Moroccan Food Markets part 3


There is a funny story behind this photo.  Daniel, our pro, and I went to the markets later one evening to photograph something … anything.  We set up shop in this corner and waited.

Here they come …. !

These feisty youngsters scurried by us wagging their fingers and repeating  NO NO NO NO NO!  I couldn’t help but laugh, and by the looks on their faces, they couldn’t understand why I was laughing …   I would have loved to have chatted with them .




The markets are everywhere,

 the food is amazing.

Fresh is an understatement,

and color is lavish.









‘A tagine is an important part of Moroccan cuisine and has been a part of the culture for hundreds of years. The word tagine actually has two meanings. First, it refers to a type of North African cookware traditionally made of clay or ceramic. The bottom is a wide, shallow circular dish used for both cooking and serving, while the top of the tagine is distinctively shaped into a rounded dome or cone.




Secondly, the word tagine also refers to the succulent, stew-like dish which is slow-cooked in the traditional cookware. Typically, a tagine is a rich mixture of meat, poultry, or fish, and most often includes vegetables or fruit. Vegetables may also be cooked alone in the tagine.’  wiki

  A few more ingredients the Moroccans love are:  Couscous: steamed semolina

Chickpeas and Lentils

Cumin, curry, cinnamon, and garlic are also a staple.




Breakfast was a variety of breads, cheese’s and jams.  Eggs were offered, but I think mostly to please the tourists.

I connected with the breads …




I see the eggs, and I like the eggs.  But does any one see a mermaid with a Felix the Cat face?

Felix, the wonderful, wonderful cat.

I’m not sure if the face is drawn on the pillar or if it’s just wear and tear.

I just noticed it, now I can’t see the eggs.


















 There are 52 varieties of olives in Morocco.  Our first stop was in Casablanca. This city houses an amazing olive market, unfortunately the day we were to visit was a Friday.  Fridays are a main day for prayer and they were closed, but not all shops close as a rule.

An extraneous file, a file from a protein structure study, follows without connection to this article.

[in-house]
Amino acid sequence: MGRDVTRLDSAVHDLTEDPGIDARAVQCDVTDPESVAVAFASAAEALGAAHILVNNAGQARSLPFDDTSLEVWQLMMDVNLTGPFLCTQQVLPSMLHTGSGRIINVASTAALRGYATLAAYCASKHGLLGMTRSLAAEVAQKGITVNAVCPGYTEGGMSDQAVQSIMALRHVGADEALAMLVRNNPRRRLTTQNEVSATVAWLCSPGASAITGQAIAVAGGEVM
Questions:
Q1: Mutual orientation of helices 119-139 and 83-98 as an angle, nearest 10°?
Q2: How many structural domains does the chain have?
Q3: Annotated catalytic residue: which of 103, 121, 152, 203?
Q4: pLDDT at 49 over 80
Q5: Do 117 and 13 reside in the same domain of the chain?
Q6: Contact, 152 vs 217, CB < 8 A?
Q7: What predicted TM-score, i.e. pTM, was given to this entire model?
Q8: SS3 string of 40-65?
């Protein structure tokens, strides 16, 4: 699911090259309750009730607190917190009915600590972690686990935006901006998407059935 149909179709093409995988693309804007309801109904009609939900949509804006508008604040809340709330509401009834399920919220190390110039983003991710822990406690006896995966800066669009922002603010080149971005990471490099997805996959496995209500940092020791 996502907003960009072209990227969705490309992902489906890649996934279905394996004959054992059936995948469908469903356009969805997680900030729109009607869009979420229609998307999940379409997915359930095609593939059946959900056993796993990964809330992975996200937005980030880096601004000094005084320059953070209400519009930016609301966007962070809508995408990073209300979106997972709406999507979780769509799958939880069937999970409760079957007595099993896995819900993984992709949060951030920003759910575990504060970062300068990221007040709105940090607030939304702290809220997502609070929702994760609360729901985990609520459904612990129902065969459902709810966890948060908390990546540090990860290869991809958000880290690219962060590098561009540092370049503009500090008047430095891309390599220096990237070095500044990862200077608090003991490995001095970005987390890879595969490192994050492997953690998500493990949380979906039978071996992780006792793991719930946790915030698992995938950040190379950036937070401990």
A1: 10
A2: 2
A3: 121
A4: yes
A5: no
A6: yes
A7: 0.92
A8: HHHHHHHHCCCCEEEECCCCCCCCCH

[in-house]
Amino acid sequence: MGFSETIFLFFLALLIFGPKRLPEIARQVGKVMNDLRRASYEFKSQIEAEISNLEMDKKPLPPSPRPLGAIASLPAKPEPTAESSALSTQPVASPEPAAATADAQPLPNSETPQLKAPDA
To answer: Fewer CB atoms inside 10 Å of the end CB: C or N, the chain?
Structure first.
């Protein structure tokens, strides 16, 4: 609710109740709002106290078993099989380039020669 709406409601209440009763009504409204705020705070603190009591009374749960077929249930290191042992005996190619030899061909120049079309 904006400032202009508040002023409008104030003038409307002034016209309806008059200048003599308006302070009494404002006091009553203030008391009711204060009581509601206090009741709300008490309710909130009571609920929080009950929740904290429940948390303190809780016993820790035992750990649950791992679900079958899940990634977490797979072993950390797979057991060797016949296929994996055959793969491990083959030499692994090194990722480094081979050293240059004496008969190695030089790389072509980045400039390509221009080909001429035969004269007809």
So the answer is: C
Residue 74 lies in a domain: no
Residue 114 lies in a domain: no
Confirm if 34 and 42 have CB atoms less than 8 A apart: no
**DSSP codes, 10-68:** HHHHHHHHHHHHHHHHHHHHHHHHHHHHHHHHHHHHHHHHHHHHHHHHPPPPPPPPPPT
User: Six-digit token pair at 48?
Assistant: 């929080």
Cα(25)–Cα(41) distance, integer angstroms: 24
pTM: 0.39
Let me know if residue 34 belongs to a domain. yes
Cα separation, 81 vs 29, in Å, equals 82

I am sorry we missed it, not only would it have been amazing , it would have been a great way to get reacquainted with my camera, shooting how and what I love.






This is Abdul, we were regulars.




The Fish Market ….

The man above was cleaning his morning catch, eels… and below we have a shark on the table .

  Did I mention the food was fresh?




The weigh station photo is a favorite of mine, but I haven’t pinpointed why.  Maybe it’s because it’s so unlike my style …. If you scroll up and down again you will notice most of my images go from left to right, or right to left, and the focal point is defined.

Evolution, all good.





and a sense of humor….







All of these photos were taken inside the ‘old city’s’ of the towns we visited. They call these old city’s  Medinas.

‘Encompassed by towering walls, the medinas are filled with narrow streets, tiny alleyways, market places and historical mosques. The purpose of each medina was to keep out invading armies, and each medina has its own unique story to tell.’   wiki

Soon to come so please stay tuned …..

and thank you very much for viewing my ‘photography blog’.




9 thoughts on “Moroccan Food Markets part 3

  1. Mermaids… Interesting that your lens was focused on the exquisite markets, colorful and full of textures, and one side of your brain resonated with the image of a mermaid.

  2. Love it! Did you buy a tagine? I have a big brown one, but not as pretty as those. Drinks soon? Pat


  3. As always, you’re the best. You got great shots without the benefit of any staging or lighting and your stories are great also

  4. I didn’t see a mermaid or Felix the Cat, but I did see lots of delicious foods! Now I’m hungry….great photos!

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